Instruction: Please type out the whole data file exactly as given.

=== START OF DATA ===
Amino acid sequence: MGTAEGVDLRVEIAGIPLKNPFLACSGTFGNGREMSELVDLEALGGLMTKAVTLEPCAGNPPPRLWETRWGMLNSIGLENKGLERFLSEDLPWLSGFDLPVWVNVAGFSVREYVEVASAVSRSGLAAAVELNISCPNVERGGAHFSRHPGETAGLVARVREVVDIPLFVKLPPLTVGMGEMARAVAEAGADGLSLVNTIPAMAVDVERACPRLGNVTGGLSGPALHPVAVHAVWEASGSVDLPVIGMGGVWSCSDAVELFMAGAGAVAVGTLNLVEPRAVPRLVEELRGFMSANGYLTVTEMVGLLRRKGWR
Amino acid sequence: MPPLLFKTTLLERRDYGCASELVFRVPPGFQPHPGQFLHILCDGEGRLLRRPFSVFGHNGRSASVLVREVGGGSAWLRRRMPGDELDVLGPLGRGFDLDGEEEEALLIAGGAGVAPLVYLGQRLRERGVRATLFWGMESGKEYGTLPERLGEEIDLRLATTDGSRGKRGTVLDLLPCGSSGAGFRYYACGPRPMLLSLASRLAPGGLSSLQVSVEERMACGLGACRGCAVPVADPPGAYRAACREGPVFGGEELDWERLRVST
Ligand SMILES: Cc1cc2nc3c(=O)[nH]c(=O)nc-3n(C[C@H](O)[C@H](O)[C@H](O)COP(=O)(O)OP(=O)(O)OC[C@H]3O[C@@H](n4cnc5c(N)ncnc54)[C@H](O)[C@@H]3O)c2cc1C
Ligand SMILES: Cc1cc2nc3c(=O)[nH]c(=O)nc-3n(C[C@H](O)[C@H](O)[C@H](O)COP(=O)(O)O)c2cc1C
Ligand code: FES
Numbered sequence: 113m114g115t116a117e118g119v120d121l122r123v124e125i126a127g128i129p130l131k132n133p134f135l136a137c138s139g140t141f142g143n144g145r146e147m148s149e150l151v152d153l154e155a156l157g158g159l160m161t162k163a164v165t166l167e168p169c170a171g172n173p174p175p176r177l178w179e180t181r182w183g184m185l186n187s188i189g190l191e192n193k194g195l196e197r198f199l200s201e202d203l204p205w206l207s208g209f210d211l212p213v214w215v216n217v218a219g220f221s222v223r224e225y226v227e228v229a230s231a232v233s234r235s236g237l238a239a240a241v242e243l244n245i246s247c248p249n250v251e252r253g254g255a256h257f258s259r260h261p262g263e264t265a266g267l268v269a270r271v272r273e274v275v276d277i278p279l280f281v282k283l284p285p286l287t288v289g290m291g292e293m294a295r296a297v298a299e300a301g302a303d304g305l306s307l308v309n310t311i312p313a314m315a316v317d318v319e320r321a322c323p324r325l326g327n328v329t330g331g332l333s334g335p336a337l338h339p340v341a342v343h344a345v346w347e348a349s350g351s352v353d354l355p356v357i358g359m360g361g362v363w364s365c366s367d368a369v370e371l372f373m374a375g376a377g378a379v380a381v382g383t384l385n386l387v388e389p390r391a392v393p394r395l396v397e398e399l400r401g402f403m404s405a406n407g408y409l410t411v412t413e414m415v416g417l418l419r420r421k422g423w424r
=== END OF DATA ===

Amino acid sequence: MGTAEGVDLRVEIAGIPLKNPFLACSGTFGNGREMSELVDLEALGGLMTKAVTLEPCAGNPPPRLWETRWGMLNSIGLENKGLERFLSEDLPWLSGFDLPVWVNVAGFSVREYVEVASAVSRSGLAAAVELNISCPNVERGGAHFSRHPGETAGLVARVREVVDIPLFVKLPPLTVGMGEMARAVAEAGADGLSLVNTIPAMAVDVERACPRLGNVTGGLSGPALHPVAVHAVWEASGSVDLPVIGMGGVWSCSDAVELFMAGAGAVAVGTLNLVEPRAVPRLVEELRGFMSANGYLTVTEMVGLLRRKGWR
Amino acid sequence: MPPLLFKTTLLERRDYGCASELVFRVPPGFQPHPGQFLHILCDGEGRLLRRPFSVFGHNGRSASVLVREVGGGSAWLRRRMPGDELDVLGPLGRGFDLDGEEEEALLIAGGAGVAPLVYLGQRLRERGVRATLFWGMESGKEYGTLPERLGEEIDLRLATTDGSRGKRGTVLDLLPCGSSGAGFRYYACGPRPMLLSLASRLAPGGLSSLQVSVEERMACGLGACRGCAVPVADPPGAYRAACREGPVFGGEELDWERLRVST
Ligand SMILES: Cc1cc2nc3c(=O)[nH]c(=O)nc-3n(C[C@H](O)[C@H](O)[C@H](O)COP(=O)(O)OP(=O)(O)OC[C@H]3O[C@@H](n4cnc5c(N)ncnc54)[C@H](O)[C@@H]3O)c2cc1C
Ligand SMILES: Cc1cc2nc3c(=O)[nH]c(=O)nc-3n(C[C@H](O)[C@H](O)[C@H](O)COP(=O)(O)O)c2cc1C
Ligand code: FES
Numbered sequence: 113m114g115t116a117e118g119v120d121l122r123v124e125i126a127g128i129p130l131k132n133p134f135l136a137c138s139g140t141f142g143n144g145r146e147m148s149e150l151v152d153l154e155a156l157g158g159l160m161t162k163a164v165t166l167e168p169c170a171g172n173p174p175p176r177l178w179e180t181r182w183g184m185l186n187s188i189g190l191e192n193k194g195l196e197r198f199l200s201e202d203l204p205w206l207s208g209f210d211l212p213v214w215v216n217v218a219g220f221s222v223r224e225y226v227e228v229a230s231a232v233s234r235s236g237l238a239a240a241v242e243l244n245i246s247c248p249n250v251e252r253g254g255a256h257f258s259r260h261p262g263e264t265a266g267l268v269a270r271v272r273e274v275v276d277i278p279l280f281v282k283l284p285p286l287t288v289g290m291g292e293m294a295r296a297v298a299e300a301g302a303d304g305l306s307l308v309n310t311i312p313a314m315a316v317d318v319e320r321a322c323p324r325l326g327n328v329t330g331g332l333s334g335p336a337l338h339p340v341a342v343h344a345v346w347e348a349s350g351s352v353d354l355p356v357i358g359m360g361g362v363w364s365c366s367d368a369v370e371l372f373m374a375g376a377g378a379v380a381v382g383t384l385n386l387v388e389p390r391a392v393p394r395l396v397e398e399l400r401g402f403m404s405a406n407g408y409l410t411v412t413e414m415v416g417l418l419r420r421k422g423w424r